A State Supreme Court judge has thrown out the Buffalo Urban League’s suit against Erie County Comptroller Stefan Mychajliw.
Urban League officials had accused the comptroller of issuing an unfair and damaging report in December about the agency and condemned his follow-up comments calling the Urban League guilty of either “gross mismanagement” or “outright fraud.”
In the ruling this week, Justice Tracey Bannister stated that the Buffalo Urban League could point to no concrete damages that the agency would suffer as a result of the comptroller’s report so there is no legal basis on which the suit could move forward.
“This decision vindicates the role of the Comptroller’s Office as the watchdog of taxpayer dollars,” Mychajliw said in a statement.
The report from the Comptroller’s Office concluded the organization overbilled the county by tens of thousands of dollars, failed to properly train its staff, failed to protect children’s privacy in digital records or honor Department of Social Services reporting requirements. As a result of the comptroller’s review, the agency conducted its own internal analysis and refunded the county $30,576.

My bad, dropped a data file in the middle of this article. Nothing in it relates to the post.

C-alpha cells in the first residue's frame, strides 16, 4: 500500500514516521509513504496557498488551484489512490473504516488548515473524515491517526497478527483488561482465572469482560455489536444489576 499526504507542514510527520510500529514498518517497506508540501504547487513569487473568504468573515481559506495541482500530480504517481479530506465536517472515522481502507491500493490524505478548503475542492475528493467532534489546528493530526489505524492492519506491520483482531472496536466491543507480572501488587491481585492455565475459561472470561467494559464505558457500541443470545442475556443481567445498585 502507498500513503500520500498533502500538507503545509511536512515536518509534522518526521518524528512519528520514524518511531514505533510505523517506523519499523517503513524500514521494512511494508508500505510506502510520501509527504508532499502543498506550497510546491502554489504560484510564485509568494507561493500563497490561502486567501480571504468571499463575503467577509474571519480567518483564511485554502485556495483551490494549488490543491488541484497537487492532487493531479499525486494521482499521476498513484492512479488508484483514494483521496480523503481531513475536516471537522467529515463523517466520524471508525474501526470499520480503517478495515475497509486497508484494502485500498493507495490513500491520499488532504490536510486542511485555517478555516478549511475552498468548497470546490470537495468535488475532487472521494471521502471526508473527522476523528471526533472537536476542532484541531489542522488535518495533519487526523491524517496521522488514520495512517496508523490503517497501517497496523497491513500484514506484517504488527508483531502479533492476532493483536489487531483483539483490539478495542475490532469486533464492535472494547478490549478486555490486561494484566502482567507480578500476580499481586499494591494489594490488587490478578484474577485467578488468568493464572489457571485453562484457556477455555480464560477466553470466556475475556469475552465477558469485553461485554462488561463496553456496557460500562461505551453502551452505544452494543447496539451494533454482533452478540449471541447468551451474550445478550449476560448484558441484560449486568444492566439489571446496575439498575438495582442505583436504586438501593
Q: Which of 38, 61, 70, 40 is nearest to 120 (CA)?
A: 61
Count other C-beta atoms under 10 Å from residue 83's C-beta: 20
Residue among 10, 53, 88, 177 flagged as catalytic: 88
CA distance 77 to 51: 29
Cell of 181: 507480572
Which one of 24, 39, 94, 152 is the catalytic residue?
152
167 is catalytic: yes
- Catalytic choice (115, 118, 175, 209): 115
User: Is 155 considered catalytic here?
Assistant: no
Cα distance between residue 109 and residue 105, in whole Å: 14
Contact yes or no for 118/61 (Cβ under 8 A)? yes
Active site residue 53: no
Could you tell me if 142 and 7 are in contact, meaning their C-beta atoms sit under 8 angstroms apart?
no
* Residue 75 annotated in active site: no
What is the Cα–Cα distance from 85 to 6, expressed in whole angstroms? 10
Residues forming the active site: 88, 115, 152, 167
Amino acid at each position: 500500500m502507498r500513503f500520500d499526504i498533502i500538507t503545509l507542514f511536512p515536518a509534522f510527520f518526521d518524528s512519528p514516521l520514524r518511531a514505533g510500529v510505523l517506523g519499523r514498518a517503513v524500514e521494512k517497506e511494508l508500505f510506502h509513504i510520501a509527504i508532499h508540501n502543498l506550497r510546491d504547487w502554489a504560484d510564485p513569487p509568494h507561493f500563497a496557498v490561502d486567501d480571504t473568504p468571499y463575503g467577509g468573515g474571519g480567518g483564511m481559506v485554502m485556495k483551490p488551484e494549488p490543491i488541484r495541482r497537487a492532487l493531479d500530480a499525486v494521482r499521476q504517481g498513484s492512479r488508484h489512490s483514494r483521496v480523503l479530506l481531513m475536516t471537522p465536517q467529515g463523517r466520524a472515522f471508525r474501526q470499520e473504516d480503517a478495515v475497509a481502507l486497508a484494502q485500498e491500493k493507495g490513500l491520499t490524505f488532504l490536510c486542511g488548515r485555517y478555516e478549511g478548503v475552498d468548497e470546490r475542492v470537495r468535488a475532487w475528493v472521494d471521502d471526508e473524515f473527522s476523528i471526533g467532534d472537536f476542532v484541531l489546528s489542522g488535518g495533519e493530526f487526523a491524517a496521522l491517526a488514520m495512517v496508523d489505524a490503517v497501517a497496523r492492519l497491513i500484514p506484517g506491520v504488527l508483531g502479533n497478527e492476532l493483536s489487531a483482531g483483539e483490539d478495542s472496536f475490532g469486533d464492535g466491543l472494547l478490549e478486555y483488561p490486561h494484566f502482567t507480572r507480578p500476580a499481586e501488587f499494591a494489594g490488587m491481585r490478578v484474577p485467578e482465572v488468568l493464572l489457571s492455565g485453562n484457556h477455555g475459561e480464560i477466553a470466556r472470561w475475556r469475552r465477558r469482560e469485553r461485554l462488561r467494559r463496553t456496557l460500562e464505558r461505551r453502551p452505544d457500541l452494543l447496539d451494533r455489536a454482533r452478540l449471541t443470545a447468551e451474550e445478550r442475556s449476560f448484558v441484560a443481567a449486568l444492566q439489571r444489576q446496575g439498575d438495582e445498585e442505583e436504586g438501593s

But Urban League officials also responded that the report contained numerous factual and procedural errors and did not follow widely accepted professional standards for a financial review. They also criticized Mychajliw’s comments as inflammatory and far removed from the actual findings of the report.
Following the judge’s decision Thursday, Mychajliw said: “I have a responsibility to protect taxpayers that I will never, ever shy away from. No matter who challenges the authority of my office, I will continue to honor the commitment I made to taxpayers when I took the oath of office to protect them.”
He also criticized the agency for using its operating money to pay for the lawsuit against him.
While the Urban League has the right to appeal, such an action did not seem likely.
In a statement, Buffalo Urban League President Brenda McDuffie noted that Bannister’s ruling does not address any of the merits of the case, but finds no legal ground for pursuit of damages.
“We respect the Judge’s decision but disagree that the League suffered no ‘concrete injury,’” she said. “The League’s fund raising abilities have been harmed substantially by the Comptroller’s report and this harm was enough, according to legal precedent, to warrant a review on the merits. Nonetheless, we recognize that the effect of the Judge’s determination is to postpone a decision on the merits for such a time as a ‘final action is taken by anybody’ that further harms the Urban League.”